The football website intended to bring extensive football coverage to those in the US but as Rich Zahradnik explains the dream soon decended into a nightmare as spiralling costs and debt meant that the site had to be closed down

Football: speed, colour, noise, passion, even – when you’re lucky – dazzle. The web: click, click, click, yawn, click. Was there ever a bigger mismatch? The dotcoms are now dot-bombs and it’s become fun to bash the net. Did football gain anything from the web frenzy besides more of big media’s tentacles in the game?

First, by way of disclosure, I was and am a dot-commer. My first online project was in football, a bulletin board service called GoalNet, launched in collaboration with WSC in early 1995 as the web made its lightning move from academia to the commercial world. Soccernet, Football365, the BBC’s site, newspapers sites, other sports sites, all lit up the lines. Football may have been the new rock ’n’ roll a decade ago, but by 1995 the web was “the new new thing” in the parlance of Silicon Valley.

I returned to football in 1999 when I signed on as president of Goal Media Group, a company with the ambitious goal of building a global network of football sites. We set up for UK and North American fans and for Spanish-speaking fans in the western hemisphere. We were going to be there for every fan, everywhere. Instead, we ran out of money and the sites went dark.

A typical dotcom story, you’re thinking – just more greedy folks chasing a pile of money. I won’t deny I hoped I’d retire a little earlier than planned. At the same time, I never believed in the stratospheric values placed on all those little dotcom companies. It was clear to me that a business with sales and potential profits equivalent to a medium-sized magazine should not have a stock market value equal to that of BT (certainly not a well-run BT).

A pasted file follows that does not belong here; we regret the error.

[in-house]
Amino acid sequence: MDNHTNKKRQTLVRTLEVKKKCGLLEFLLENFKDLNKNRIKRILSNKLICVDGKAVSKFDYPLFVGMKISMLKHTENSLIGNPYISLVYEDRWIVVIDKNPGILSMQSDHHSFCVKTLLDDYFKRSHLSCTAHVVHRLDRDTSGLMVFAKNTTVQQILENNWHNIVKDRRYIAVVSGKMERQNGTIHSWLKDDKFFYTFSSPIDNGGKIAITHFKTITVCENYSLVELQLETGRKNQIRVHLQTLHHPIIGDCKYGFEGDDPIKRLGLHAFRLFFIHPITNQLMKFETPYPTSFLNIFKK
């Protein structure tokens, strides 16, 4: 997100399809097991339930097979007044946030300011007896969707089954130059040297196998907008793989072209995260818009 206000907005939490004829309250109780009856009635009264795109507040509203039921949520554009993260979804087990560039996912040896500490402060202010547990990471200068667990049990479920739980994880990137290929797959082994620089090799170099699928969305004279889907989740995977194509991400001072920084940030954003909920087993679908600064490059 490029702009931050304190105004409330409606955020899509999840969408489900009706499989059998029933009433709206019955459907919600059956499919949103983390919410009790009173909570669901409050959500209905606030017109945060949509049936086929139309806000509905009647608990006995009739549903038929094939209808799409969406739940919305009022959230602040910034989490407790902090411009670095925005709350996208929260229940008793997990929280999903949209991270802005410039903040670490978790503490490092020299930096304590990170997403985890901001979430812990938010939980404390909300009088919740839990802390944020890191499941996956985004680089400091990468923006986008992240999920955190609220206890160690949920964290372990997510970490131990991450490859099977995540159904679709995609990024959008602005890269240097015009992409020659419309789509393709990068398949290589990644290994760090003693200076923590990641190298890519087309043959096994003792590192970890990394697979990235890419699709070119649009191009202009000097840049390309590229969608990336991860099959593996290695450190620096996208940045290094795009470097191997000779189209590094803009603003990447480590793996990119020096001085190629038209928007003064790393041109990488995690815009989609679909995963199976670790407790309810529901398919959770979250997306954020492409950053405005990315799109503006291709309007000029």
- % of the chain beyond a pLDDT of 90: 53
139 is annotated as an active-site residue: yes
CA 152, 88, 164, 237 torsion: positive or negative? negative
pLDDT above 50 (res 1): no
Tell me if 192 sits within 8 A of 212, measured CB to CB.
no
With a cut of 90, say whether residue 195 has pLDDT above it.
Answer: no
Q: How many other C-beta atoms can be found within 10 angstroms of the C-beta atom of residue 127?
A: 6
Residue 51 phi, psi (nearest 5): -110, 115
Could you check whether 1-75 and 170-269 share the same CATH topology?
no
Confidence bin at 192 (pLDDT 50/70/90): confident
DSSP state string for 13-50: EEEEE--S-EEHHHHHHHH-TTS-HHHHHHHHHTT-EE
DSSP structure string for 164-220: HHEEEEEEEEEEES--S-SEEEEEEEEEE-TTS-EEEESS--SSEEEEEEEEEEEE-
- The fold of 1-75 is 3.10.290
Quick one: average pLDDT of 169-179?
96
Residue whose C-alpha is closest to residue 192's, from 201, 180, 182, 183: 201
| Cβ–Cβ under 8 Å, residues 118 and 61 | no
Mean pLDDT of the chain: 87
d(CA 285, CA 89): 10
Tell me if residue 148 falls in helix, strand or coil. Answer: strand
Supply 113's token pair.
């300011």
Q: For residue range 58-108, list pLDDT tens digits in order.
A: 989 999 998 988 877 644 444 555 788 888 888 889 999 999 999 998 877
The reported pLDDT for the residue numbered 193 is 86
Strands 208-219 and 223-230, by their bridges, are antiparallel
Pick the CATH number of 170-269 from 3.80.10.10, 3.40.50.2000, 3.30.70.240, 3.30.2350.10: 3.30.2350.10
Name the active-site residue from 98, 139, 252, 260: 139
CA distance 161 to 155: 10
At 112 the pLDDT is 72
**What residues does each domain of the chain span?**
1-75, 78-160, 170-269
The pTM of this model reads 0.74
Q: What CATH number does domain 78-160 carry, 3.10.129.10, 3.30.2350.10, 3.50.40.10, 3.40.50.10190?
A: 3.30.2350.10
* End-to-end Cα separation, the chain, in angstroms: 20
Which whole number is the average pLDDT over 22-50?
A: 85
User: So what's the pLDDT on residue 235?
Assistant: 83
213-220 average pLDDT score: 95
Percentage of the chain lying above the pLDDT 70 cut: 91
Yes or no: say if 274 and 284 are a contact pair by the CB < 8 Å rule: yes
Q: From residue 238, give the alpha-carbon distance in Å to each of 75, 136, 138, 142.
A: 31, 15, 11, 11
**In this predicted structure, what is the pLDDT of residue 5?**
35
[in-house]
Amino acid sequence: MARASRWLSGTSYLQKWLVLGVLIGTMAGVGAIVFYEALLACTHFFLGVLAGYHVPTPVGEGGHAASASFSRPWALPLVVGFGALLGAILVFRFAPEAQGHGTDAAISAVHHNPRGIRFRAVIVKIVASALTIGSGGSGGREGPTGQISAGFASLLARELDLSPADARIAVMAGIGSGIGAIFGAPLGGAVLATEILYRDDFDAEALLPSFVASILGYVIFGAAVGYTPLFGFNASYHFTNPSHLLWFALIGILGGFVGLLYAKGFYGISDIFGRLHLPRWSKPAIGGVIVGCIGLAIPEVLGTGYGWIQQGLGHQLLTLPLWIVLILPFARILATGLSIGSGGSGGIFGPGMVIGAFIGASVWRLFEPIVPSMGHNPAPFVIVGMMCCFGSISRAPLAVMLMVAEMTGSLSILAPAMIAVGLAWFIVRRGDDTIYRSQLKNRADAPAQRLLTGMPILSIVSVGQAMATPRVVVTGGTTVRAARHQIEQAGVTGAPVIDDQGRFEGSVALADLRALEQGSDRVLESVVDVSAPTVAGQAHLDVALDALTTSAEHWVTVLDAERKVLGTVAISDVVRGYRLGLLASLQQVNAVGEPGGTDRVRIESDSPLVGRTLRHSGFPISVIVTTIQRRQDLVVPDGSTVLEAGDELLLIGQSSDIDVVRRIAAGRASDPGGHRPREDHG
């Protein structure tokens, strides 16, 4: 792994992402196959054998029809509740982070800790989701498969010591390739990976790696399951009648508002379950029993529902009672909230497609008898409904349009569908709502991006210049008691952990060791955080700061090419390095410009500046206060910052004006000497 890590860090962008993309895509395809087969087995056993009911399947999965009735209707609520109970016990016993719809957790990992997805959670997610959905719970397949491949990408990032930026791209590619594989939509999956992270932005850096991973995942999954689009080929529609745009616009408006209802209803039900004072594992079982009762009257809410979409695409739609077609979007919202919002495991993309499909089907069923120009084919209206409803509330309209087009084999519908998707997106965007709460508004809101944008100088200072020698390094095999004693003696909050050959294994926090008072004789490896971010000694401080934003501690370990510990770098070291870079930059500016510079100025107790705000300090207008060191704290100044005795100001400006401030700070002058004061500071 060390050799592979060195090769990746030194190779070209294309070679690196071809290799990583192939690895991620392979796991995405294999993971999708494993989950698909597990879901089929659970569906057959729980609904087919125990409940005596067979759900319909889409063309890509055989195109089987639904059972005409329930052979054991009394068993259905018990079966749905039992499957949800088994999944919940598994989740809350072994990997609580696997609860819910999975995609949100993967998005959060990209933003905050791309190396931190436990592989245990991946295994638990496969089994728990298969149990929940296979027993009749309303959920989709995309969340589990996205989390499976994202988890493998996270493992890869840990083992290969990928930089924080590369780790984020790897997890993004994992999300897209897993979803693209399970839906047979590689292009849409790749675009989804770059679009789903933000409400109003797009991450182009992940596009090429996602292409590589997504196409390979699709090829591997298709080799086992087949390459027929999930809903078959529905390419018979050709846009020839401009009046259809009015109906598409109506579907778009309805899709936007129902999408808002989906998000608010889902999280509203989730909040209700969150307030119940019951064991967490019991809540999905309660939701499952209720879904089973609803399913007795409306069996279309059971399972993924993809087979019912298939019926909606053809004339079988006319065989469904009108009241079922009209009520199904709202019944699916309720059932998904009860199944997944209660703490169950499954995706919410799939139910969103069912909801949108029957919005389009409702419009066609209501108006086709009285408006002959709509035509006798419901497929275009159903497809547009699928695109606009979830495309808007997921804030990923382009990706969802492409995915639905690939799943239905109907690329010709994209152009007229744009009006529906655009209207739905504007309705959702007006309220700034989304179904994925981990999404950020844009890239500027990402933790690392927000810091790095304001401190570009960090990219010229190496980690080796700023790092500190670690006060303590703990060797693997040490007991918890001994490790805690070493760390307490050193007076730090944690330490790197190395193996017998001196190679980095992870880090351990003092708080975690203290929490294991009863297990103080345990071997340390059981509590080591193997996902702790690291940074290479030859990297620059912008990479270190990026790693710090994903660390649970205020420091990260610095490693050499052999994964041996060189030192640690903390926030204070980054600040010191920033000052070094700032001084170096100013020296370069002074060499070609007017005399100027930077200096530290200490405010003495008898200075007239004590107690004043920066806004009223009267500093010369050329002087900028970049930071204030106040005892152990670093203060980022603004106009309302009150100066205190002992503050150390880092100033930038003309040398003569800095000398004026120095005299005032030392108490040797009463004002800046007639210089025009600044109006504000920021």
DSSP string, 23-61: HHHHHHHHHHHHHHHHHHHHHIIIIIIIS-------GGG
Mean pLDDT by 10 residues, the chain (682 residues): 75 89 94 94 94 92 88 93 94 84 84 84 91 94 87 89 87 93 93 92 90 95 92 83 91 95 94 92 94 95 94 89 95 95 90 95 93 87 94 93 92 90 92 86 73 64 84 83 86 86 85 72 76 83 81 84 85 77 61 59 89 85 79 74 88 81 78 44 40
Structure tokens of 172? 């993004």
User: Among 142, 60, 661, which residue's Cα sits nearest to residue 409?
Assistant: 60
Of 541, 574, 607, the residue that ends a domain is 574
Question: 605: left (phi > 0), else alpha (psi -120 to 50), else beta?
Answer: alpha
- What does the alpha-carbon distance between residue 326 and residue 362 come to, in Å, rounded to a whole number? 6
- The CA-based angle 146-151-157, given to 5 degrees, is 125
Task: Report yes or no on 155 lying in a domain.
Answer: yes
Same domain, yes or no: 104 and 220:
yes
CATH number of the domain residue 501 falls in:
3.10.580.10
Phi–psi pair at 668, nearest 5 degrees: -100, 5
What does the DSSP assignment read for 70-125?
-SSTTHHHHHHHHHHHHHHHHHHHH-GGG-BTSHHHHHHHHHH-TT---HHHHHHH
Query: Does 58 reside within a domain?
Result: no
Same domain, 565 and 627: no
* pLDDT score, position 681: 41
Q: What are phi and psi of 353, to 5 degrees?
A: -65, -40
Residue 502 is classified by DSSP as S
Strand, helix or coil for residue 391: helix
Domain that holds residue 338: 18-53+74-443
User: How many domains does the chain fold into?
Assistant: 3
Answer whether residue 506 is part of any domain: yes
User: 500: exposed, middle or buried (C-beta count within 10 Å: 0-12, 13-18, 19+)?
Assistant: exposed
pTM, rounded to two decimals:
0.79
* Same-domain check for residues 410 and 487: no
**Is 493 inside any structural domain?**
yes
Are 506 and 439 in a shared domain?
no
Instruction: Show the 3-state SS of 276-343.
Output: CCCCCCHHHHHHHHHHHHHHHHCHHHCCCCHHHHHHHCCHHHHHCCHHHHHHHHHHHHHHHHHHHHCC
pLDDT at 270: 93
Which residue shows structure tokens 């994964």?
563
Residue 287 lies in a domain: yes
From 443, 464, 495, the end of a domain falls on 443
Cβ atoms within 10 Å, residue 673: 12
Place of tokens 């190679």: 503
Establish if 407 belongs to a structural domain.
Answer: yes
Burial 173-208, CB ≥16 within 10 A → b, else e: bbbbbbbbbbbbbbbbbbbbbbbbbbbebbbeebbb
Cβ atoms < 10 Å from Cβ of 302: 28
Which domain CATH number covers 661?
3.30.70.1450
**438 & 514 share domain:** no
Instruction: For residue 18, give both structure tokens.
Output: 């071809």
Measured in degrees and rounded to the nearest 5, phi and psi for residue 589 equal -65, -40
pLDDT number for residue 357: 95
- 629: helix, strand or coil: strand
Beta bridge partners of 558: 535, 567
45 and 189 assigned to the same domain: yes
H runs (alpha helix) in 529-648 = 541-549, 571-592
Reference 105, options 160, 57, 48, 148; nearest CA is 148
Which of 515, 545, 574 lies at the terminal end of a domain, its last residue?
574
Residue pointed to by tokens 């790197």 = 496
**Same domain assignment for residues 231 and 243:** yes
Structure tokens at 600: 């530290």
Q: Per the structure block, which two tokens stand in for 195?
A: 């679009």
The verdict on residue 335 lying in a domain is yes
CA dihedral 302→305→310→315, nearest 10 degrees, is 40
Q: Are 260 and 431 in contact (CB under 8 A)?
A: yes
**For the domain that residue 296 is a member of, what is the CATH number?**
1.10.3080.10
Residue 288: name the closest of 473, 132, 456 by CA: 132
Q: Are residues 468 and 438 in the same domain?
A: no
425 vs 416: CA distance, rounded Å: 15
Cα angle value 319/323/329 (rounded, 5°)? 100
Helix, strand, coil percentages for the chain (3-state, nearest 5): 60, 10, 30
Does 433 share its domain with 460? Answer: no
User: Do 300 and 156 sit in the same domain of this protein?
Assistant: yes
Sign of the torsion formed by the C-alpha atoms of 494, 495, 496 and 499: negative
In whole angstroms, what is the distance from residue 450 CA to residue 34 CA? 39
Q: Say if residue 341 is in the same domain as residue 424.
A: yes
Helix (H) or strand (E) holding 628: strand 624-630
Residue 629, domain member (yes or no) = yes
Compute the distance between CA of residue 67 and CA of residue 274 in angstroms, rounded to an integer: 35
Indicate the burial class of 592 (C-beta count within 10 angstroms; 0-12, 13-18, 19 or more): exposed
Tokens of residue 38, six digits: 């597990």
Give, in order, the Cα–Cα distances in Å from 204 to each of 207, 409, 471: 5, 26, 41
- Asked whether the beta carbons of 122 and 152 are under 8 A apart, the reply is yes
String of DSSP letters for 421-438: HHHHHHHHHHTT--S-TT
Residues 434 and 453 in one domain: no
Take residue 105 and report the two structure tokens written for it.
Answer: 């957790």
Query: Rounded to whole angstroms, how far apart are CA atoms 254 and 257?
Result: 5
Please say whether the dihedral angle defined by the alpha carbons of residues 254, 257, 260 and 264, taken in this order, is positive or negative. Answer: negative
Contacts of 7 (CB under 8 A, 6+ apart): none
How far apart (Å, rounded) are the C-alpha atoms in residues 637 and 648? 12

Goal Media Group had people who cared about the sport and about what we were trying to do. Alan Rothenberg, Mr Football in the US and the man who ran the 1994 World Cup, was our chairman. Roberto Baggio and David Platt were investors, and US coach Bruce Arena and Colombian midfielder Carlos Valderrama signed on to write columns. Writers, editors, technical staff and managers continued to work on the sites for months after we ran out of money. Our mission was a good one. We wanted to bring to a US audience the kind of coverage the traditional media has not given and will not give football.

For the UK audience, our aim (a tougher one in a much more sophisticated football market) was to deliver global coverage to fans we thought were tired of the parochialism of the next Man Utd headline followed by another retread of the Three Lions ­metaphor. Like I said, a good mission. And the best job I’ve ever had. While much of the civilised world glories in the great comeuppance of the dotcom crowd – “they weren’t as smart or clever or even rich as the rest of us” – it’s not a bad time to look at what the web has done for the fan. did not fulfil its goal, but the collective web, in a weird way, did it for us. As a football fan trapped in the American media sphere, I now have multiple sources for coverage of my national team and my MLS team. Even a press release on an official site is news when you don’t get coverage from the press. I’m also a fan of Nottingham Forest and of the global game, and if you think the US team and the MetroStars are poorly covered here, imagine what US papers and TV stations give me on football in the east midlands or Senegal.

Press coverage of football in the UK is different, you say. There’s tons of it. The web wasn’t needed. Really? A supporter who loves any club not in the Premiership can now get coverage unimagined in the days before the web. Real-time news and results are there for free, rather than for the many-pence-per-second cost of Clubcall. There are many fans in the UK who want to follow the game outside their own country, where the traditional media often fails to deliver.

In the glory days two years ago, the web was going to set us free. It would feed the poor. Teach the illiterate. Bring peace. We would soar into the air as great disembodied cyber-intelligences like one of those fuzzy light balls in Star Trek. Full results and goal scorers are enough for me.

From WSC 176 October 2001. What was happening this month

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